Abstract:We, via a model and optimization-based approach, address three issues related to wireless networks: clock synchronization, medium access control (MAC) and scalable video streaming. In Chapter 2 we develop, study and simulate a new model-based distributed network clock synchronization protocol. In a network of clocks, a given node is taken as reference and is associated with the time evolution t. We introduce and analyze a stochastic model for clocks, in which the relative speedup of a clock with respect to the reference node, called the skew, is characterized by an exponential transformation of an Orstein-Uhlenbeck process. We study the properties of our model, namely moment and sample path properties of the stochastic processes, and calculate its Allan variance. We show how our model can be used to translate the time of a clock to another clock's units. We study the problem of synchronizing clocks in a network, which amounts to estimating the instantaneous relative skews and relative offsets, i.e., the differences in the clock readouts, by exchange of time-stamped packets between pairs of nodes in the network. Based on a stochastic model for delays, we derive a scheme for obtaining relative skew measurements in a communication link by sending two time-stamped packets from node i to node j in order to obtain a noisy measurement of their relative skew. We develop an algorithm for filtering relative skew measurements across a link (i,j) in order to estimate the logarithm of the relative skew. We study the properties of the algorithms and provide theoretical guarantees on their performance. We also develop an online, centralized, model-based, asynchronous skew estimation algorithm for optimal filtering of the time-stamps in the entire network, as well as an efficient distributed suboptimal scheme which demonstrates near-optimal performance in simulations. Furthermore, we study some implementation issues, and present a scheme for pairwise relative offset estimation given skew estimates. We use the distributed asynchronous algorithm to obtain nodal offset estimates from relative offset estimates. We combine our findings into developing a new protocol for clock synchronization, namely the Model-Based Clock Synchronization Protocol (MBCSP). We present a comparative simulation study of its performance versus the leading scheme by Solis et al. (2006); the results show that MBCSP performs better in terms of skew, offset and delay estimation. Finally, we have performed trace-driven simulation based on time-stamps obtained from Berkeley motes. Our scheme outperforms that of Solis et al. by 45%, where we used the accuracy in predicting the receipt time-stamp at the sender as the clock synchronization metric. In Chapter 3, we study random access based MAC in the framework of network utility maximization (NUM). There has been much recent interest in protocol design for wireless networks based on maximizing a network utility function. A significant advance is the observation that a decomposition of the Lagrangian suggests an approach where transmissions are scheduled to minimize back-pressure. However, a satisfactory MAC protocol that can realize such a scheduling algorithm is notably missing, and we develop one potential scheme. We present a candidate random access MAC protocol that extends an existing algorithm by Gupta and Stolyar (2006) in calculating the access probabilities. We also consider the online adaptation of access probabilities using local information about queue lengths and active links. We provide OPNET simulation results to compare the performance of our scheme with the leading schemes. We estimate the capacity region of our scheme by simulation for various topologies and multiple flows. Our simulation studies indicate that our extension in conjunction with an implementation of back-pressure significantly outperforms the slotted-time algorithm of Gupta and Stolyar (2006). In Chapter 4, we present performance bounds for random access based MAC using carrier-sense multiple access (CSMA). In recent work, it was shown that a distributed CSMA-based MAC protocol is throughput-optimal which, in turn, implies that the class of controlled distributed random access MAC protocols can support the entire capacity region. It is challenging to study the performance of such schemes in terms of mean delays and compare it with some known results on the performance of centralized scheduling. We modify the model of Jiang and Walrand (2008) to obtain Markov chain models that incorporate the queue lengths as well as the information about the independent set, for single-hop networks. We show that the delay of the new models yields an upper bound on the delay of the original models. We derive upper and lower bounds on the mean total delay at the steady-state, and show that these bounds coincide with those for max-weight scheduling. Finally, we develop a method of deriving upper and lower bounds for random-access schemes by using linear programs (LPs). We present an optimization program for minimizing the upper bounds. In Chapter 5, we consider multihomed scalable video streaming systems where each video is concurrently transmitted over several access networks to a client. The problem is to determine which video packets of a video stream to transmit, and associate each video packet with an access network, so that the video quality at the client is maximized under measured network conditions. We present a network model and a video distortion model to capture the network conditions and video distortion characteristics, respectively. We develop a mathematical formulation to find the streaming strategy for maximizing the average video quality at the client. While the formulation can be optimally solved using exhaustive search or dynamic programming, doing so takes a prohibitively long time, and is not practical for real-time video streaming servers. In order to efficiently solve the problem in real time, we propose several suboptimal convex problems along with two heuristic algorithms. We conduct extensive trace-driven simulations to evaluate the algorithms using real network conditions and actual scalable video streams. We compare our algorithms against the rate control algorithms defined in the Datagram Congestion Control Protocol (DCCP) standard. The simulation results show that our algorithms significantly outperform current systems while being TCP-friendly. For example, compared to DCCP, our algorithms achieve at least 10 dB quality improvement and result in up to 83% packet delivery delay reduction. Finally, we study the trade-off between efficiency and optimality: One of the heuristic algorithms runs faster and is suitable for large-scale streaming systems, while the other one achieves better video quality and is more appropriate for smaller streaming servers. The convex programming approach demonstrates a good trade-off between running time and performance.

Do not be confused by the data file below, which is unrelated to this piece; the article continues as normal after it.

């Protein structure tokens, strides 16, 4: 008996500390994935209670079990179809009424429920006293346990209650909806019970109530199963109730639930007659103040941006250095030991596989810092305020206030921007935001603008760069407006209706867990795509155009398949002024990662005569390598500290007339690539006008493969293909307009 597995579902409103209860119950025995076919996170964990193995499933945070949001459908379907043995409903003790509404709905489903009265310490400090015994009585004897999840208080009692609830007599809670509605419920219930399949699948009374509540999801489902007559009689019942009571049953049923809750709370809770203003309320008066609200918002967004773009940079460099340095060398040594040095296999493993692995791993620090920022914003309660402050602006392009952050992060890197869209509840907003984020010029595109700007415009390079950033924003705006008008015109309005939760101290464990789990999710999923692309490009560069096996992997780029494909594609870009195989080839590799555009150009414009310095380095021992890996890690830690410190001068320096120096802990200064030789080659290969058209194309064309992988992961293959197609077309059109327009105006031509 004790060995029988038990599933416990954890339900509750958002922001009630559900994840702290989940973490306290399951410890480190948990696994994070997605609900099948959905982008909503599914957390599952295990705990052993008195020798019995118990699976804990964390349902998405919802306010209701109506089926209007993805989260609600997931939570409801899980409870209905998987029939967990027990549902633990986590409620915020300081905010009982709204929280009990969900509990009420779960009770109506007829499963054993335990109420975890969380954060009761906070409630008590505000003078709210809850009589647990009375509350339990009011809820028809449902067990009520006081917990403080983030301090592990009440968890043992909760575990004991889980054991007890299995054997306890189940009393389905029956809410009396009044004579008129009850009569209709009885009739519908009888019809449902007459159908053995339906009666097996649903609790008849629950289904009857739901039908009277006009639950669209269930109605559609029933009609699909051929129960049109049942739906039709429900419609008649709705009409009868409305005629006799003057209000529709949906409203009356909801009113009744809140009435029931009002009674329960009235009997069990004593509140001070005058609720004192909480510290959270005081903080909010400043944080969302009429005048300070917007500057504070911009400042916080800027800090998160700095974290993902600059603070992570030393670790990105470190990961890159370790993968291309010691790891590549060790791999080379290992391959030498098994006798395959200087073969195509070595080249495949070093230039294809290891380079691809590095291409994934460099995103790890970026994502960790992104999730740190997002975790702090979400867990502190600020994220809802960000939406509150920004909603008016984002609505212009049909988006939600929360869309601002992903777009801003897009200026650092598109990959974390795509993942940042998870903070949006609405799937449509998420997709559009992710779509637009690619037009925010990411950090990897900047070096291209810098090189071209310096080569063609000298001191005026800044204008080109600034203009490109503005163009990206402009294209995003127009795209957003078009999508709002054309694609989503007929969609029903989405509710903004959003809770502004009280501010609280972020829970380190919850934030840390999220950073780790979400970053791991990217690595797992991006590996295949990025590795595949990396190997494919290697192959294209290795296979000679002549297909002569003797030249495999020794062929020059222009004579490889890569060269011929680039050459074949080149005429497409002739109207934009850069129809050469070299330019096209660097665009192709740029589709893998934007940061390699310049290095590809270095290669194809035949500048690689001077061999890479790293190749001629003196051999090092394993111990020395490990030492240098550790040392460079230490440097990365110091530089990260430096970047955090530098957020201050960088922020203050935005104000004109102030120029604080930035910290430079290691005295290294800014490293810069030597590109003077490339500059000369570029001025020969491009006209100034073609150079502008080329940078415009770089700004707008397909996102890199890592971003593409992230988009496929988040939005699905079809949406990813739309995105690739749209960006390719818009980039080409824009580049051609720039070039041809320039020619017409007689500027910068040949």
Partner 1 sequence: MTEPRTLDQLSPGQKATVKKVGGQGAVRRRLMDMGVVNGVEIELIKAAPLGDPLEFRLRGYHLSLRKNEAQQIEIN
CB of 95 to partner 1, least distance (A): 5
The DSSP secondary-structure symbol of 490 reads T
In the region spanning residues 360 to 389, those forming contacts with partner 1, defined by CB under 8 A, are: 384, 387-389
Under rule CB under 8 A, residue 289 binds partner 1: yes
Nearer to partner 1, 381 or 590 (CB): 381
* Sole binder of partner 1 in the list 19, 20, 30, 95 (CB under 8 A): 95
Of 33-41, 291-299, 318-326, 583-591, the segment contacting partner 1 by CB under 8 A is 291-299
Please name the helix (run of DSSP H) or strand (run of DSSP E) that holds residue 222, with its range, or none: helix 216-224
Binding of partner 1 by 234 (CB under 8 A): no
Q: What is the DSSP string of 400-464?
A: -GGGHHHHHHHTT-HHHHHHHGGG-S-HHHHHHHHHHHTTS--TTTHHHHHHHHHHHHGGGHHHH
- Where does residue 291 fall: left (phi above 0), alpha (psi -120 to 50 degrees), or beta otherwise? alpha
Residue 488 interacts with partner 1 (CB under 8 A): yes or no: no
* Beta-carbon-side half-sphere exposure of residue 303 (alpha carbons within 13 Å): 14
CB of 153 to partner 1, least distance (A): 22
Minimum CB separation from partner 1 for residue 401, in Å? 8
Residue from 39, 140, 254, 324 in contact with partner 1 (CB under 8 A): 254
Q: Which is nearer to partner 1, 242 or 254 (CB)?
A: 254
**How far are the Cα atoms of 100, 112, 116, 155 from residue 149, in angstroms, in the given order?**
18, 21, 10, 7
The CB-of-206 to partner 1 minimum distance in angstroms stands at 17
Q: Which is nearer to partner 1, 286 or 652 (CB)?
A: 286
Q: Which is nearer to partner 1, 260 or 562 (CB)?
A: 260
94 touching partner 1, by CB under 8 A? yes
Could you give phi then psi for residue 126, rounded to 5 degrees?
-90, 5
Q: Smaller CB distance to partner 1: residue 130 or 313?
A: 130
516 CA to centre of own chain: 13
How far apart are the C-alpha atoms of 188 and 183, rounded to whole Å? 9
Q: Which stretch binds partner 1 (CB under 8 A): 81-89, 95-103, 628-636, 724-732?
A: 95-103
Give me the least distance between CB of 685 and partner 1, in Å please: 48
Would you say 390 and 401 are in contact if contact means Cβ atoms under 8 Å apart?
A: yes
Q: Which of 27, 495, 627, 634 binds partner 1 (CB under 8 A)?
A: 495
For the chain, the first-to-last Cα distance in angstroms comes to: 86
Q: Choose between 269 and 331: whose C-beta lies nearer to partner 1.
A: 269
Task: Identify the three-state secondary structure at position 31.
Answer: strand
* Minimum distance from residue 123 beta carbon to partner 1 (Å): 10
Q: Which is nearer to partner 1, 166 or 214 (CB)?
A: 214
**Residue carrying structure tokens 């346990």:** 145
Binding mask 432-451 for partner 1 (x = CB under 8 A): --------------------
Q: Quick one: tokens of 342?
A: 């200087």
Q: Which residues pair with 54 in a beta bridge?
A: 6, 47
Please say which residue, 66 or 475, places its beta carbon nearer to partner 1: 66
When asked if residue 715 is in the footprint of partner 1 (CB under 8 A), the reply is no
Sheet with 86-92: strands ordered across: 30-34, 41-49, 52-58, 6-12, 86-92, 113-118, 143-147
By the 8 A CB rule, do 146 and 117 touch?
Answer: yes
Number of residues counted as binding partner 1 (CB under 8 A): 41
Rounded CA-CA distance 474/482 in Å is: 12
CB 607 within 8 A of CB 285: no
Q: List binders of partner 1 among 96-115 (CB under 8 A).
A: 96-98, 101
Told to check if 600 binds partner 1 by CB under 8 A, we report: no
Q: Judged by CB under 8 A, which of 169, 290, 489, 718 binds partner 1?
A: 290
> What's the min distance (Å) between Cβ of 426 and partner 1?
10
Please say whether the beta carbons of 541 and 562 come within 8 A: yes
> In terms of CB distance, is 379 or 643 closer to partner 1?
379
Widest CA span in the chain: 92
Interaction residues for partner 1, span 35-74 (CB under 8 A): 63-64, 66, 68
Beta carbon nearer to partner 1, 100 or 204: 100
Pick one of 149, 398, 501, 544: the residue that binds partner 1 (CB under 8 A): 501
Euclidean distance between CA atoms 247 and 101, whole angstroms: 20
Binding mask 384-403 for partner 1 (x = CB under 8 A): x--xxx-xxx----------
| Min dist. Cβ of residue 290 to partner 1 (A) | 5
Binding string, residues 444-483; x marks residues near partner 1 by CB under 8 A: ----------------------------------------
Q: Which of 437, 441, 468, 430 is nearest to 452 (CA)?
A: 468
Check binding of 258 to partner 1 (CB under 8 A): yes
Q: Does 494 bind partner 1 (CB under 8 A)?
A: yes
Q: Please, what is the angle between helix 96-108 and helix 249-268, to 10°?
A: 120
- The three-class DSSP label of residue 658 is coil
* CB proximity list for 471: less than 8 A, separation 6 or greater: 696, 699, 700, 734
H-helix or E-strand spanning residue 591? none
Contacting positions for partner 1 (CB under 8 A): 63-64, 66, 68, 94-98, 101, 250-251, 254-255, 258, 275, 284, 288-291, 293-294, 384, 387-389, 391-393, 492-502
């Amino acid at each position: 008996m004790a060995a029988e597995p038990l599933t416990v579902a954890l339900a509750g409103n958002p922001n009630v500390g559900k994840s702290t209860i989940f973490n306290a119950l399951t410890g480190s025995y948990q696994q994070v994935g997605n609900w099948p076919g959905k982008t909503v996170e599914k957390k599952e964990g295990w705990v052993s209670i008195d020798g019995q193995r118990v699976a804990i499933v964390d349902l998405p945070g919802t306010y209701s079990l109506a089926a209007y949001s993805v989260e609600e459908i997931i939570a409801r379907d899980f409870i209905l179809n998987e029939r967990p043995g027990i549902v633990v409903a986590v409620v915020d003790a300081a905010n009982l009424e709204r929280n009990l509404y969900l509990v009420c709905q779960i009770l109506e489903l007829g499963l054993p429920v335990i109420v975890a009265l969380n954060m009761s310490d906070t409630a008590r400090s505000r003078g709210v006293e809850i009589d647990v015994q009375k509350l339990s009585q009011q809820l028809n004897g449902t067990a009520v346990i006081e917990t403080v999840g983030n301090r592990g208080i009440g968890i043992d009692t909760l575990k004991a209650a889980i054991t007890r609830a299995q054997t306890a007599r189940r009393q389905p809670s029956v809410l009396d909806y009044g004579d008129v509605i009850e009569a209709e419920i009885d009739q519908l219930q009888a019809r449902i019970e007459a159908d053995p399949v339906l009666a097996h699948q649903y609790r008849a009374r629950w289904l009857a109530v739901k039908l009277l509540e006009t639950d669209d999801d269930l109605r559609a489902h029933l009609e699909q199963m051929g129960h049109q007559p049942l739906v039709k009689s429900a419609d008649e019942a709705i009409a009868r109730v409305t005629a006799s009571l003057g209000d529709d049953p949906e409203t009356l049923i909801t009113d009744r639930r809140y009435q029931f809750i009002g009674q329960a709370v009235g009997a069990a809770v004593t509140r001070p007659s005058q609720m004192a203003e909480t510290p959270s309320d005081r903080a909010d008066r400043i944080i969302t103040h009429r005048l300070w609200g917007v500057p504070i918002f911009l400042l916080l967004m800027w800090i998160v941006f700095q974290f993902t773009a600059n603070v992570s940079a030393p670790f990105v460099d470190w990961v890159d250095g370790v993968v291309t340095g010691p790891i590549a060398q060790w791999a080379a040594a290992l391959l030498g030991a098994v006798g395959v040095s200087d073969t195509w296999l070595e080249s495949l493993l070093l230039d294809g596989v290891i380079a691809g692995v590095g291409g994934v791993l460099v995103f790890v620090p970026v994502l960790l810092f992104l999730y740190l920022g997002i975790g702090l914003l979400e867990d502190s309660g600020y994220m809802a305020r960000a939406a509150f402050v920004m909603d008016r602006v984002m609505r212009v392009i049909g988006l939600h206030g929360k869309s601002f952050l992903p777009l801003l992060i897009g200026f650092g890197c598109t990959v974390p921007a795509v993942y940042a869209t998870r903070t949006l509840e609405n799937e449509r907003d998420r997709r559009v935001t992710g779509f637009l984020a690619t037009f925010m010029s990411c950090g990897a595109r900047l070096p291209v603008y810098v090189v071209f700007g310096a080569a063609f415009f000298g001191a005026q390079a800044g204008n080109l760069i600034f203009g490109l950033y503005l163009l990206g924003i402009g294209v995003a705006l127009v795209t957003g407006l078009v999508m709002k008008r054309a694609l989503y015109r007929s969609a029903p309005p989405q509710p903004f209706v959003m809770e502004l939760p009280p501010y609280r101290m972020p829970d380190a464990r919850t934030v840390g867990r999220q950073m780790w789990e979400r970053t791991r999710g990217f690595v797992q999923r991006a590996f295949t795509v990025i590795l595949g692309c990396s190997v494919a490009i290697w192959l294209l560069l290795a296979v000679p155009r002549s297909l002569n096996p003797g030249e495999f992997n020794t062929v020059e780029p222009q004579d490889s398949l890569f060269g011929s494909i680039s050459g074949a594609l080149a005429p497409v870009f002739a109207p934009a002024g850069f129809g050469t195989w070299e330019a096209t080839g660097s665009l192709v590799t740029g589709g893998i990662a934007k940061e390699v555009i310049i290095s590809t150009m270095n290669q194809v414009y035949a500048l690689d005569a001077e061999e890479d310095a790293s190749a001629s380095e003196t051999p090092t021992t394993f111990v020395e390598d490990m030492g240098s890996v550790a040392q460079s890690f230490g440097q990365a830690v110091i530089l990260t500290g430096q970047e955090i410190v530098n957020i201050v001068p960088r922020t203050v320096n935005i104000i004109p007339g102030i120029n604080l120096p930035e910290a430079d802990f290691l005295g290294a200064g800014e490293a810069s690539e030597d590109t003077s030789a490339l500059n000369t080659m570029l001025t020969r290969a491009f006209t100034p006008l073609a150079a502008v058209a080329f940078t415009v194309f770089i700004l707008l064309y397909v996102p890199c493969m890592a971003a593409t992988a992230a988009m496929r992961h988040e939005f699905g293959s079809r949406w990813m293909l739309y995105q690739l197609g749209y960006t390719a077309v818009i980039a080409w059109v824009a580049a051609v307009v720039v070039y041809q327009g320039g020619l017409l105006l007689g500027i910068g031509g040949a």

Issue Date:2010-08-31
URI:http://hdl.handle.net/2142/17063
Rights Information:Copyright 2010 Nikolaos M. Freris
Date Available in IDEALS:2010-08-31
2012-09-07
Date Deposited:2010-08